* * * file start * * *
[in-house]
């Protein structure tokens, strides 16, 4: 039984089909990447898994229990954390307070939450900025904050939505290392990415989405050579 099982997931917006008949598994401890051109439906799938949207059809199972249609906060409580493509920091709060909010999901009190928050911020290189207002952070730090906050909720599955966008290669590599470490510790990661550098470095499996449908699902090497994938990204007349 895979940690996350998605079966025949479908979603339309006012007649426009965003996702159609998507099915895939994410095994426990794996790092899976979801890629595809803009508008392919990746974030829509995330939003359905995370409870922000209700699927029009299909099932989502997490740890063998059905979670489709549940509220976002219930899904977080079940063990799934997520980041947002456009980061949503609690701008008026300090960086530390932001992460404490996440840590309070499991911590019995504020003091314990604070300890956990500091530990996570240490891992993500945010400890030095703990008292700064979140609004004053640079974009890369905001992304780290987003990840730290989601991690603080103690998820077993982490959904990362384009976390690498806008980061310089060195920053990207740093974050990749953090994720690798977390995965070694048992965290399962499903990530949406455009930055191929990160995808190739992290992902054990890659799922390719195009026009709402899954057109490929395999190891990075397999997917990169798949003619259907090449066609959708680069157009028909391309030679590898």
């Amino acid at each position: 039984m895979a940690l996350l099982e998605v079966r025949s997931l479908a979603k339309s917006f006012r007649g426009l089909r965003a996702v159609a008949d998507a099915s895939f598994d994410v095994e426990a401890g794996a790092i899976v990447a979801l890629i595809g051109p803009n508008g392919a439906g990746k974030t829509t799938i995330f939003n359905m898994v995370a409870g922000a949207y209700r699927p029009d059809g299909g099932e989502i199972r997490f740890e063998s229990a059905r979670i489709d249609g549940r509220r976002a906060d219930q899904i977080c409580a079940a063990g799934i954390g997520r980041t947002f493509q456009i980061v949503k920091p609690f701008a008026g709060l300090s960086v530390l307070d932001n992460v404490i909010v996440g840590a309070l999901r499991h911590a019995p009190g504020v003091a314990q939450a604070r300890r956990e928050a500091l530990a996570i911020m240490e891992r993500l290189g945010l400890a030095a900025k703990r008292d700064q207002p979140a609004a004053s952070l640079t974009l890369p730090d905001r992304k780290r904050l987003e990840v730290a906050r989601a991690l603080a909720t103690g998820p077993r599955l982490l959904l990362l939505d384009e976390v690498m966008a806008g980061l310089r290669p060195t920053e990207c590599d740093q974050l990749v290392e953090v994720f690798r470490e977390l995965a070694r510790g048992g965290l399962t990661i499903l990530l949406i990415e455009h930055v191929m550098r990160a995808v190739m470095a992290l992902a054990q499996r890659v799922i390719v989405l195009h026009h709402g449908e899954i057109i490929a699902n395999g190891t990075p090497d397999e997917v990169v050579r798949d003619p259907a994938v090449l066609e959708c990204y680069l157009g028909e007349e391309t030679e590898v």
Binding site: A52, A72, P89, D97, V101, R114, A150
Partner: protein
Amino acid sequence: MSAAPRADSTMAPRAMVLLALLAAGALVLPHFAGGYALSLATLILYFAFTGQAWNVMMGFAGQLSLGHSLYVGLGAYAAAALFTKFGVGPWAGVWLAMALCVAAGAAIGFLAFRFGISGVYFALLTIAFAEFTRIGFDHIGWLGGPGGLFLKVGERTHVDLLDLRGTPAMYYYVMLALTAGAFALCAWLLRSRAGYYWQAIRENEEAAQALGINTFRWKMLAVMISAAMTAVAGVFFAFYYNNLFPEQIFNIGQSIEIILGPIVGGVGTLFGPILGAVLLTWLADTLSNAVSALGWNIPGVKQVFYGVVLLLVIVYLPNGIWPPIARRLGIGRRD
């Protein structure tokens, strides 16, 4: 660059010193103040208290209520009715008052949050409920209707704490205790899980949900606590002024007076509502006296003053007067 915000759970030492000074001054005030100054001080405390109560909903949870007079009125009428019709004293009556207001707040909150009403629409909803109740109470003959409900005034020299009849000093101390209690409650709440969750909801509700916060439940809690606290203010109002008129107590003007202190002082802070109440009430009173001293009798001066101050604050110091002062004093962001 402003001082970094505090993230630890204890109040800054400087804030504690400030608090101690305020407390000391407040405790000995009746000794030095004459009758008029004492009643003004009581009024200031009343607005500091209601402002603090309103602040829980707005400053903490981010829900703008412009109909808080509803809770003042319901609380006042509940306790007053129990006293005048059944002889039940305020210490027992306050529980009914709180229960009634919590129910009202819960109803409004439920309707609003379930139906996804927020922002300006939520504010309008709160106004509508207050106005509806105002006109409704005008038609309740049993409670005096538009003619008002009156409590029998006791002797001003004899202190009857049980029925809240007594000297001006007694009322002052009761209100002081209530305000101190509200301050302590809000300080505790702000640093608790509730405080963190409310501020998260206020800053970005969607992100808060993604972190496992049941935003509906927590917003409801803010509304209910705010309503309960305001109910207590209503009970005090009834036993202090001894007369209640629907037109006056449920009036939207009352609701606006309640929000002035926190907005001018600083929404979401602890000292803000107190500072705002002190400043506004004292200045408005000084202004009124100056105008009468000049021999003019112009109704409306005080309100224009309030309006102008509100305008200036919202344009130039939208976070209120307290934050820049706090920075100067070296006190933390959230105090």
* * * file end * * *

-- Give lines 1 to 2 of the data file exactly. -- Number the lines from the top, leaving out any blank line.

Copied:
[in-house]
């Protein structure tokens, strides 16, 4: 039984089909990447898994229990954390307070939450900025904050939505290392990415989405050579 099982997931917006008949598994401890051109439906799938949207059809199972249609906060409580493509920091709060909010999901009190928050911020290189207002952070730090906050909720599955966008290669590599470490510790990661550098470095499996449908699902090497994938990204007349 895979940690996350998605079966025949479908979603339309006012007649426009965003996702159609998507099915895939994410095994426990794996790092899976979801890629595809803009508008392919990746974030829509995330939003359905995370409870922000209700699927029009299909099932989502997490740890063998059905979670489709549940509220976002219930899904977080079940063990799934997520980041947002456009980061949503609690701008008026300090960086530390932001992460404490996440840590309070499991911590019995504020003091314990604070300890956990500091530990996570240490891992993500945010400890030095703990008292700064979140609004004053640079974009890369905001992304780290987003990840730290989601991690603080103690998820077993982490959904990362384009976390690498806008980061310089060195920053990207740093974050990749953090994720690798977390995965070694048992965290399962499903990530949406455009930055191929990160995808190739992290992902054990890659799922390719195009026009709402899954057109490929395999190891990075397999997917990169798949003619259907090449066609959708680069157009028909391309030679590898």